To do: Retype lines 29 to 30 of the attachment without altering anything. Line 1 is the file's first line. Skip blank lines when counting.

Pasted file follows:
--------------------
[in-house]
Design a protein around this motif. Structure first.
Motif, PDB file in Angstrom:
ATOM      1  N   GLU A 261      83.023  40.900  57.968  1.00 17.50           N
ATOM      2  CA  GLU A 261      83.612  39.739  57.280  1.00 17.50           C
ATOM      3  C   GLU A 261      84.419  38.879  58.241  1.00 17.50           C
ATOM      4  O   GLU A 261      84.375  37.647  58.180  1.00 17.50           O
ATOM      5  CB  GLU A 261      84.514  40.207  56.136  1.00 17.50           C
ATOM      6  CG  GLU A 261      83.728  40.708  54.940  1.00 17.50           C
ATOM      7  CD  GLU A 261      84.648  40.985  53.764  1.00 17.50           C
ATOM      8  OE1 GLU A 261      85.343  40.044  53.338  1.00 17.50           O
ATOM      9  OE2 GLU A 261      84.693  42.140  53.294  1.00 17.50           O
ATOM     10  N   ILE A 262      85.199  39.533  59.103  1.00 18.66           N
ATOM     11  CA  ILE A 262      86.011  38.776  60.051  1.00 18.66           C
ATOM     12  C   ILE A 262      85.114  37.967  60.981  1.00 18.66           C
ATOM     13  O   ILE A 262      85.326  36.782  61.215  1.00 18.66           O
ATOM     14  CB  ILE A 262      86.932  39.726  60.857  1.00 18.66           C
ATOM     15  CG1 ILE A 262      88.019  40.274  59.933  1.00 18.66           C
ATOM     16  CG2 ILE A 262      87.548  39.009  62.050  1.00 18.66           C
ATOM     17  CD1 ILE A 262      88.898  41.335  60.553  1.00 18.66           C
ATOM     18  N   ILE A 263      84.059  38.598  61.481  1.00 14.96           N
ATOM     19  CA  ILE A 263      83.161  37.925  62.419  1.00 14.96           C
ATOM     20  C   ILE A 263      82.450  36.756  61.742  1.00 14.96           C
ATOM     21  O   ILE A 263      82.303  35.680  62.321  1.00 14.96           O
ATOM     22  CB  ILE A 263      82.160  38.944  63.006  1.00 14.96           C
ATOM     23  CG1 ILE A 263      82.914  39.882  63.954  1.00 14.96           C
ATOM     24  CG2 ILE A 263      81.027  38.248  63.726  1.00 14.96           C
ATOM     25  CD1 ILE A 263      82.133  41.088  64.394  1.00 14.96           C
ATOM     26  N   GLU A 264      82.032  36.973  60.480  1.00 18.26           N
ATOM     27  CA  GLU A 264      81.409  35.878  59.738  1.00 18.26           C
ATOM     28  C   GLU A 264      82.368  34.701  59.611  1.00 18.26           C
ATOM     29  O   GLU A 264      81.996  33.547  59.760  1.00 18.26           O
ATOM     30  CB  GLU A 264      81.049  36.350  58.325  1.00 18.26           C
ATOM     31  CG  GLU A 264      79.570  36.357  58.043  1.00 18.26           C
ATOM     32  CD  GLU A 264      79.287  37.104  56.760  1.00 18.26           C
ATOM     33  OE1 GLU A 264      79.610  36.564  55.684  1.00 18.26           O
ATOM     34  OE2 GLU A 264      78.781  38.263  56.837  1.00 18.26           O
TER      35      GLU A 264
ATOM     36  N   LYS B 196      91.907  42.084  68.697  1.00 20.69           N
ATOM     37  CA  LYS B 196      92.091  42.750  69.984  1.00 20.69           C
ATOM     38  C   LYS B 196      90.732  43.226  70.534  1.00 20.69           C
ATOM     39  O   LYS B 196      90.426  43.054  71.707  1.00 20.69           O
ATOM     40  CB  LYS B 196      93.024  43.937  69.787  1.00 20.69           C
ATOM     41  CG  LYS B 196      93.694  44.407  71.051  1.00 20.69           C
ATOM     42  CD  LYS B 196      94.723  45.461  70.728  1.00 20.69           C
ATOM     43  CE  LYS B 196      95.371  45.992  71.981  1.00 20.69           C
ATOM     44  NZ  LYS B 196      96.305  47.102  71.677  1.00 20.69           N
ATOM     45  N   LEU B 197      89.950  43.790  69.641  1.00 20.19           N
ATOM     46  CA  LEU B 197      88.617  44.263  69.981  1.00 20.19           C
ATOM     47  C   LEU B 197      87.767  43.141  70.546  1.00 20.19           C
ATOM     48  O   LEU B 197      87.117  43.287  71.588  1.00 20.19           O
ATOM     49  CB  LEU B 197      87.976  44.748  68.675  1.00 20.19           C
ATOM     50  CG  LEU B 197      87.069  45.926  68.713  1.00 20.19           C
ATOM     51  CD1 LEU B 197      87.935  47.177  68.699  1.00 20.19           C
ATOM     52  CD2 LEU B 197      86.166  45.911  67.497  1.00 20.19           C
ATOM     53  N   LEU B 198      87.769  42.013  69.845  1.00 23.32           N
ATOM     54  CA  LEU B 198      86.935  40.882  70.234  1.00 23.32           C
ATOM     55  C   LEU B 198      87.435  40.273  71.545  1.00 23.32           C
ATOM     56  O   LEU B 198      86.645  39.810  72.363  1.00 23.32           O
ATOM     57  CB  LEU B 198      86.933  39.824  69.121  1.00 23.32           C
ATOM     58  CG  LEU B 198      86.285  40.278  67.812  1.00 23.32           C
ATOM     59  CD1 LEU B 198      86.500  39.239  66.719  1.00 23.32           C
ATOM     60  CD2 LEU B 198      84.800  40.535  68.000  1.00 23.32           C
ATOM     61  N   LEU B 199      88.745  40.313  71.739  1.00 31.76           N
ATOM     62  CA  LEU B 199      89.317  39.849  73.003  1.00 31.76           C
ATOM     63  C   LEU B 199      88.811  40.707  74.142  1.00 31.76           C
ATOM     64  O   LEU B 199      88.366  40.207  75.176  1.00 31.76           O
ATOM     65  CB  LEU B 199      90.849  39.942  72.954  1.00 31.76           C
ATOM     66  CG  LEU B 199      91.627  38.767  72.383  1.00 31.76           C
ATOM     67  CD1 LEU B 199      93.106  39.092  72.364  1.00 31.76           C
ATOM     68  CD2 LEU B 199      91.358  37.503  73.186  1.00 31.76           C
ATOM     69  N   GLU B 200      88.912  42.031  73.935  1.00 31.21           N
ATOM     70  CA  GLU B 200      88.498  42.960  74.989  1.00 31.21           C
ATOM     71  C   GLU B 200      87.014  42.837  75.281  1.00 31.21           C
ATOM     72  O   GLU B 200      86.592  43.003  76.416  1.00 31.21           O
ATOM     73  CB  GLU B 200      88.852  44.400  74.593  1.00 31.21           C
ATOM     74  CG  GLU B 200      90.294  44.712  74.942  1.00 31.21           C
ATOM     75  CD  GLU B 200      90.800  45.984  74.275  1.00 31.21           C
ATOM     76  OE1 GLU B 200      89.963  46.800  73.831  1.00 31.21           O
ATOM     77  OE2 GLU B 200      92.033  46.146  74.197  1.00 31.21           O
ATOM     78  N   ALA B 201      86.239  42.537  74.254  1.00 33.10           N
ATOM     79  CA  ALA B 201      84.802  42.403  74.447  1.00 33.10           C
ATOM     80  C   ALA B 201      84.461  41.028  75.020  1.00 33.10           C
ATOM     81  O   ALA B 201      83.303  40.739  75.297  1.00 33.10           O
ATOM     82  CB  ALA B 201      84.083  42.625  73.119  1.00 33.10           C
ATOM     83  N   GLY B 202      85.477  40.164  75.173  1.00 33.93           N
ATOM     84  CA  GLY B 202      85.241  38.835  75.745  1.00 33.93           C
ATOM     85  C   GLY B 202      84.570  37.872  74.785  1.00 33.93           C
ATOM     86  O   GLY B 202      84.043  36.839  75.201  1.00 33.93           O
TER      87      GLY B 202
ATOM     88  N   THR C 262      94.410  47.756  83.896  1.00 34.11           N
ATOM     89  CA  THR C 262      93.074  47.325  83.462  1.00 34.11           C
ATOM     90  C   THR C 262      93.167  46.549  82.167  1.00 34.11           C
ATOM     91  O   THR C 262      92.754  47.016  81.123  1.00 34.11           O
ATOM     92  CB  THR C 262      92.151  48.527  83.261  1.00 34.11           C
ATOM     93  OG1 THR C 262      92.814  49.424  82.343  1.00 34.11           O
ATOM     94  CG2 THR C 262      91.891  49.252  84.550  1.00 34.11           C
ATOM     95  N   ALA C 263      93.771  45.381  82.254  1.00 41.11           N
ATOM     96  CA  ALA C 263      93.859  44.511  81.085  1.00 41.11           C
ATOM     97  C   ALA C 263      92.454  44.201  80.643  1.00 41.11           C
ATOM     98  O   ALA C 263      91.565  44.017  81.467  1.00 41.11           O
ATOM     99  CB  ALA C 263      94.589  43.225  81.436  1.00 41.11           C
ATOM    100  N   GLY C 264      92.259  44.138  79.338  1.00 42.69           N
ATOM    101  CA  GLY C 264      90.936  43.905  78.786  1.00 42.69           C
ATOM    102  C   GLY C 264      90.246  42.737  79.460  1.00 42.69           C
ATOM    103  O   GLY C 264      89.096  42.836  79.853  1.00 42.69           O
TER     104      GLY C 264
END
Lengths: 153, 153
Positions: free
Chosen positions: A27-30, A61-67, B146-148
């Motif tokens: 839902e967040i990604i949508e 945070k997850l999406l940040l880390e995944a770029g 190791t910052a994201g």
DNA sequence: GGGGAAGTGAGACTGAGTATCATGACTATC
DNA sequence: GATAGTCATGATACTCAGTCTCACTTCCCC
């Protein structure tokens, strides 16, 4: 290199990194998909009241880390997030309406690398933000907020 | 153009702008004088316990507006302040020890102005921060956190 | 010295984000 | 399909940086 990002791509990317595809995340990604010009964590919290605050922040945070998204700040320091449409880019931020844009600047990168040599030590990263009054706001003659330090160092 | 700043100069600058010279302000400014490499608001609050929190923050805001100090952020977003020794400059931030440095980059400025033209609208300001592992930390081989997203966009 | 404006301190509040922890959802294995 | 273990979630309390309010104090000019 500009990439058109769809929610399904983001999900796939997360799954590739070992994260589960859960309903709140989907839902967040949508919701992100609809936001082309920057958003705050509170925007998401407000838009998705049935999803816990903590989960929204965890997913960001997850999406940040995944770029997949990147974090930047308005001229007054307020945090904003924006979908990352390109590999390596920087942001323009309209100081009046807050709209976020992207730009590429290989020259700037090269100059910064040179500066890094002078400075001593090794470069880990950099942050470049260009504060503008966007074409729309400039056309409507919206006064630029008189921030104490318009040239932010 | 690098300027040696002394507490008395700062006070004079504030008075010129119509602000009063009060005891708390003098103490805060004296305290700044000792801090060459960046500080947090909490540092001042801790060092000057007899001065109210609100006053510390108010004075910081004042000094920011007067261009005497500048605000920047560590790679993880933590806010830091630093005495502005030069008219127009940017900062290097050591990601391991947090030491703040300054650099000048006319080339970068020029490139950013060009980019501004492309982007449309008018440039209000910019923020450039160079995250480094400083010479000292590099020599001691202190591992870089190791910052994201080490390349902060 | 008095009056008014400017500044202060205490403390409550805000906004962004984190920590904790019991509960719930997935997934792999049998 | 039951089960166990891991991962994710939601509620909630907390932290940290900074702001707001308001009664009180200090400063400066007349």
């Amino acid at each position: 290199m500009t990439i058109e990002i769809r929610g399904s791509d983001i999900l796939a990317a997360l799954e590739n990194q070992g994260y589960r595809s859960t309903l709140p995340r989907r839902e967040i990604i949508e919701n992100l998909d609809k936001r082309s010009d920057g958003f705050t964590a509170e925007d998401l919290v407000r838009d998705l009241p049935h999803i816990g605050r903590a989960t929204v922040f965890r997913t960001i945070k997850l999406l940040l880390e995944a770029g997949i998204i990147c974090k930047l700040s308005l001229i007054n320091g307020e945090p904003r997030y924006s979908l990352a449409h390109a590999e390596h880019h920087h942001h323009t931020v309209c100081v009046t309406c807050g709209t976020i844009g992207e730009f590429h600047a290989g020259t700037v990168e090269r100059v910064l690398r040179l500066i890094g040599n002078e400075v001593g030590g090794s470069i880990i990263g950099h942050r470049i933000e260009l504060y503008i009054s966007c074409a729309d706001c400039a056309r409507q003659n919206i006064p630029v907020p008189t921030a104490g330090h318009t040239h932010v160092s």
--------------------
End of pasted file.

ATOM     26  N   GLU A 264      82.032  36.973  60.480  1.00 18.26           N
ATOM     27  CA  GLU A 264      81.409  35.878  59.738  1.00 18.26           C